The options industry blew out all previous records for one-day volume on January 20, the options expiration day for January, as the options volume extravaganza continued its tremendous run. More than 14.9 million contracts changed hands on the 20th, according to the Optiosn Industry Council, beating the previous record by a stunning 29.
One of the reasons for the record results was the return of some volatility to the market. The CBOE Volatility Index (VIX), known as the market's "fear gauge," has surged more than 25 percent this year, after idling at multi-year lows during the 2005 holiday season. Volatility still remains well below its modern average, but continuing uncertainty in Iran, at the Federal Reserve and in the earnings reports of leading companies could quickly reverse that situation. Generally speaking, options volume rises with increasing volatility, as traders look to hedge big moves in the market.
There was certainly enough volume to drive trading at the International Securities Exchange (ISE), where a record 4.5 million contracts traded hands, a full 35 percent more than the previous record. Average daily volume at the ISE is now 2.75 million contracts, up more than 250 percent from January 2003 levels of just 750,000 contracts.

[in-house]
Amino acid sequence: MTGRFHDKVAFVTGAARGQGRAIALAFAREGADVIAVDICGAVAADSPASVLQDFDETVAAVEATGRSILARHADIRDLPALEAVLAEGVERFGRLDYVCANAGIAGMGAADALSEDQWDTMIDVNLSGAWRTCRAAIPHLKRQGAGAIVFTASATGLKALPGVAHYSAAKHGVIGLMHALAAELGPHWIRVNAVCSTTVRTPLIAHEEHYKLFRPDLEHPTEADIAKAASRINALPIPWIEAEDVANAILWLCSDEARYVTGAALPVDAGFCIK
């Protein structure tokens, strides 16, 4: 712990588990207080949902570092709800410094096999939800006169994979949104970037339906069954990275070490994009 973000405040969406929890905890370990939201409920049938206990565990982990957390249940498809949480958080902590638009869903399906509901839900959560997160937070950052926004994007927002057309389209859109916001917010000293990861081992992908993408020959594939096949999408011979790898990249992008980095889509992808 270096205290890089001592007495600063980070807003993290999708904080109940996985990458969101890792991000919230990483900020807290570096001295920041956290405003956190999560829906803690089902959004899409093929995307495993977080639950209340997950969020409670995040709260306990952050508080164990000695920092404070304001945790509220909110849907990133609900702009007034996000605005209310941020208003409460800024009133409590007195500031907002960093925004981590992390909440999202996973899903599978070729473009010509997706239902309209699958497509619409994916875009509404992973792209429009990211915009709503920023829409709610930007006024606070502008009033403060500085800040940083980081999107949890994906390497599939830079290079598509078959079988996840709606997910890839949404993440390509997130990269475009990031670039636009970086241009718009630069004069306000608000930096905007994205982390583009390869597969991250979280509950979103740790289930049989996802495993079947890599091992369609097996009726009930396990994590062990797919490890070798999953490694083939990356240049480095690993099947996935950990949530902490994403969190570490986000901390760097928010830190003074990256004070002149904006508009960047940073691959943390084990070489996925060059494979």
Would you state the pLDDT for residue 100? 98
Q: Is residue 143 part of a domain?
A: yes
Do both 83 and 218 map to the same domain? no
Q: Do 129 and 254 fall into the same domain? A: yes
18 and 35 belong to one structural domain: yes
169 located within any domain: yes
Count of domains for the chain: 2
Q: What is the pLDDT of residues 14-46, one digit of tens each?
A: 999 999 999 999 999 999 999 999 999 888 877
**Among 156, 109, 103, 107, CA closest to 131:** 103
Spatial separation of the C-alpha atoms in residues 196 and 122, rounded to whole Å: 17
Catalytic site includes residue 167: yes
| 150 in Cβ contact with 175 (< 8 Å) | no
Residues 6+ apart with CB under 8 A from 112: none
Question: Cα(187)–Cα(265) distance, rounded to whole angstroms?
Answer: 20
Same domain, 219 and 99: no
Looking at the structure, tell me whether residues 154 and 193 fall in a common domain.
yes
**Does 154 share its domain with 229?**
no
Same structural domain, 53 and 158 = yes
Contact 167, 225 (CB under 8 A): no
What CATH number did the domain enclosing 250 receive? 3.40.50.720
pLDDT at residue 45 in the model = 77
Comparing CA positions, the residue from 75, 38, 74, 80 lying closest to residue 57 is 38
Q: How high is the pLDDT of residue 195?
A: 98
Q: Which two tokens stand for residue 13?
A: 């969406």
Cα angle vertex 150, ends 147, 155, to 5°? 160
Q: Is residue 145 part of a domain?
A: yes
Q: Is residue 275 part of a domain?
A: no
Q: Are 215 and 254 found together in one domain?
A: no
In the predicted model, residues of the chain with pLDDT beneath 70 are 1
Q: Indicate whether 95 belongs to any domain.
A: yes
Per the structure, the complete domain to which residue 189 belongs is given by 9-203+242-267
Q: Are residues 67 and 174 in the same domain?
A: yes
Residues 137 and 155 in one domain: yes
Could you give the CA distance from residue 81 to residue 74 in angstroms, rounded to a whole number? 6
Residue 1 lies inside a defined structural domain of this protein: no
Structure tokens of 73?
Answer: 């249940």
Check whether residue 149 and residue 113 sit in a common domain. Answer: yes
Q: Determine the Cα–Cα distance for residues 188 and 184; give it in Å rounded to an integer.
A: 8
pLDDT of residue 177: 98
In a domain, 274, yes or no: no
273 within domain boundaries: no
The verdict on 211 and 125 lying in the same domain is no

The Chicago Board Options Exchange (CBOE) posted similarly robust results, with 5.3 million contracts trading hands, smashing the old record by 33 percent. Index options led the way at the CBOE, with volume surging to nearly 2.4 million contracts. The Boston Stock Exchange (BOX) also reported record volume.
ISE Hits Sweet Spot
To continue the record volume trends, exchanges are rolling out more and more products designed to appeal to nervous investors. Case in point: The ISE rolled out options contracts on the iShares MSCI Japan and iShares Dow Jones U.S. Real Estate Index exchange-traded funds on January 23. Needless to say, both Japan and housing are hot topics these days, and the two contracts could attract serious volume.